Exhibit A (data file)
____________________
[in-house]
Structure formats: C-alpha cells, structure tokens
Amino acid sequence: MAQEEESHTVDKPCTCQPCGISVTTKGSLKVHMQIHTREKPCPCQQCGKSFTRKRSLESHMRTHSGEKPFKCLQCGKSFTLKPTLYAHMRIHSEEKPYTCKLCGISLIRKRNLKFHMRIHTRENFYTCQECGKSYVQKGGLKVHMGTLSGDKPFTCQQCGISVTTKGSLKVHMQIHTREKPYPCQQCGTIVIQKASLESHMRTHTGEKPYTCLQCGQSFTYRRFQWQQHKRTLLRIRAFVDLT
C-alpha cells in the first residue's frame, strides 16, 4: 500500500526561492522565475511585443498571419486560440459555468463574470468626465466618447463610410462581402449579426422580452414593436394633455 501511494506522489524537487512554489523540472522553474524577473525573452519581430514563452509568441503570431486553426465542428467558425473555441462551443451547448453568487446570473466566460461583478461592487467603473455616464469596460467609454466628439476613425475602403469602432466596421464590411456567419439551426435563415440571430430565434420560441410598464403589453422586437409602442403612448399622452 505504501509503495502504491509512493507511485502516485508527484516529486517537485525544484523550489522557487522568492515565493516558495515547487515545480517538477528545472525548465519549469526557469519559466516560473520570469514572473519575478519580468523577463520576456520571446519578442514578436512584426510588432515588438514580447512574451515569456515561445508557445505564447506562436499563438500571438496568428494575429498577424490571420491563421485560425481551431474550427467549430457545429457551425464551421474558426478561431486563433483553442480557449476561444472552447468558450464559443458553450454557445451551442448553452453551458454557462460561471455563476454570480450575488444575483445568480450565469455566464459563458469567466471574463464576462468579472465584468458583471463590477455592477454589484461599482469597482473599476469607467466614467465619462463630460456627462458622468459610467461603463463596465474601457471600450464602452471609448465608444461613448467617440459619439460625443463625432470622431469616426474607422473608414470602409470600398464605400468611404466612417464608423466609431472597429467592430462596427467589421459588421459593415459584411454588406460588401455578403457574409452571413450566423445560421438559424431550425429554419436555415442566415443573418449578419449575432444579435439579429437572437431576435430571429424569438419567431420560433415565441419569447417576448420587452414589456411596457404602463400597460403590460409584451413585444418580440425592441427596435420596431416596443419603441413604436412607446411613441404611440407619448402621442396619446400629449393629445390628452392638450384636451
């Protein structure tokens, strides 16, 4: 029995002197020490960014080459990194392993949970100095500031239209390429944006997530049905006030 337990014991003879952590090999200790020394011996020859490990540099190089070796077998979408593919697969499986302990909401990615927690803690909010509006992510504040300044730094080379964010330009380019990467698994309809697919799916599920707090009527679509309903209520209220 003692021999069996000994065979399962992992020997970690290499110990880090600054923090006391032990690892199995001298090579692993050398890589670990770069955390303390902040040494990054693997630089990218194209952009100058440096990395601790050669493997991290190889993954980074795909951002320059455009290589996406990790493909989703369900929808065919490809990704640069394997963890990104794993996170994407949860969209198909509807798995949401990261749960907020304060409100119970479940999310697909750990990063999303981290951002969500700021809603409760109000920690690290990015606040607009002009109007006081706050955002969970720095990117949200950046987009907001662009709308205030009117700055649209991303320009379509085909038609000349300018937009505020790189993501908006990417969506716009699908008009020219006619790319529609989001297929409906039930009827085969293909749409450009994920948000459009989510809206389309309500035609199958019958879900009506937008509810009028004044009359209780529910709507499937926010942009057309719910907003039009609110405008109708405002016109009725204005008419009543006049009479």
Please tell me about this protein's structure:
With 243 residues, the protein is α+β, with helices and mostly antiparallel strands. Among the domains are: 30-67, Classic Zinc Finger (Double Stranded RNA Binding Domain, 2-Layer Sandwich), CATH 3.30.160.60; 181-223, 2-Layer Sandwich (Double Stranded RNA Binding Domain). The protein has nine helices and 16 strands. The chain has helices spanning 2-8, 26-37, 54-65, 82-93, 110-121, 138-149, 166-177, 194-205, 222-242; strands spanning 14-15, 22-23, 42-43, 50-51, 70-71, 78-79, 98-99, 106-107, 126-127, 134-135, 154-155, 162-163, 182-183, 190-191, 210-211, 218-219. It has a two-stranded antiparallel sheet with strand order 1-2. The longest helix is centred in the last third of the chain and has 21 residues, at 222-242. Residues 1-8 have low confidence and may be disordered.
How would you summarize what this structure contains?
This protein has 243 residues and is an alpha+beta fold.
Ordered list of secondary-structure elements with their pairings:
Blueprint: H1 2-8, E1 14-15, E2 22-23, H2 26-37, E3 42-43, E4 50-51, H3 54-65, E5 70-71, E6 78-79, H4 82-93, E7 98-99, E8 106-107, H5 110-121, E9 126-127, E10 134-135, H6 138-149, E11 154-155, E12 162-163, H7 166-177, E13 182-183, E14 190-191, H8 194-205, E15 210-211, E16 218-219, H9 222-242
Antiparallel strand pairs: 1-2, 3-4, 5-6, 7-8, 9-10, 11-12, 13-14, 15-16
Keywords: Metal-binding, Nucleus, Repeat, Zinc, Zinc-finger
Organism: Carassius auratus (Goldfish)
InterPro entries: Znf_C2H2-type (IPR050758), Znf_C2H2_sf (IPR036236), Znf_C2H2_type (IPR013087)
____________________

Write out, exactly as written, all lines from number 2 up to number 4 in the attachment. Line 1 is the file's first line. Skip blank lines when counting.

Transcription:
Structure formats: C-alpha cells, structure tokens
Amino acid sequence: MAQEEESHTVDKPCTCQPCGISVTTKGSLKVHMQIHTREKPCPCQQCGKSFTRKRSLESHMRTHSGEKPFKCLQCGKSFTLKPTLYAHMRIHSEEKPYTCKLCGISLIRKRNLKFHMRIHTRENFYTCQECGKSYVQKGGLKVHMGTLSGDKPFTCQQCGISVTTKGSLKVHMQIHTREKPYPCQQCGTIVIQKASLESHMRTHTGEKPYTCLQCGQSFTYRRFQWQQHKRTLLRIRAFVDLT
C-alpha cells in the first residue's frame, strides 16, 4: 500500500526561492522565475511585443498571419486560440459555468463574470468626465466618447463610410462581402449579426422580452414593436394633455 501511494506522489524537487512554489523540472522553474524577473525573452519581430514563452509568441503570431486553426465542428467558425473555441462551443451547448453568487446570473466566460461583478461592487467603473455616464469596460467609454466628439476613425475602403469602432466596421464590411456567419439551426435563415440571430430565434420560441410598464403589453422586437409602442403612448399622452 505504501509503495502504491509512493507511485502516485508527484516529486517537485525544484523550489522557487522568492515565493516558495515547487515545480517538477528545472525548465519549469526557469519559466516560473520570469514572473519575478519580468523577463520576456520571446519578442514578436512584426510588432515588438514580447512574451515569456515561445508557445505564447506562436499563438500571438496568428494575429498577424490571420491563421485560425481551431474550427467549430457545429457551425464551421474558426478561431486563433483553442480557449476561444472552447468558450464559443458553450454557445451551442448553452453551458454557462460561471455563476454570480450575488444575483445568480450565469455566464459563458469567466471574463464576462468579472465584468458583471463590477455592477454589484461599482469597482473599476469607467466614467465619462463630460456627462458622468459610467461603463463596465474601457471600450464602452471609448465608444461613448467617440459619439460625443463625432470622431469616426474607422473608414470602409470600398464605400468611404466612417464608423466609431472597429467592430462596427467589421459588421459593415459584411454588406460588401455578403457574409452571413450566423445560421438559424431550425429554419436555415442566415443573418449578419449575432444579435439579429437572437431576435430571429424569438419567431420560433415565441419569447417576448420587452414589456411596457404602463400597460403590460409584451413585444418580440425592441427596435420596431416596443419603441413604436412607446411613441404611440407619448402621442396619446400629449393629445390628452392638450384636451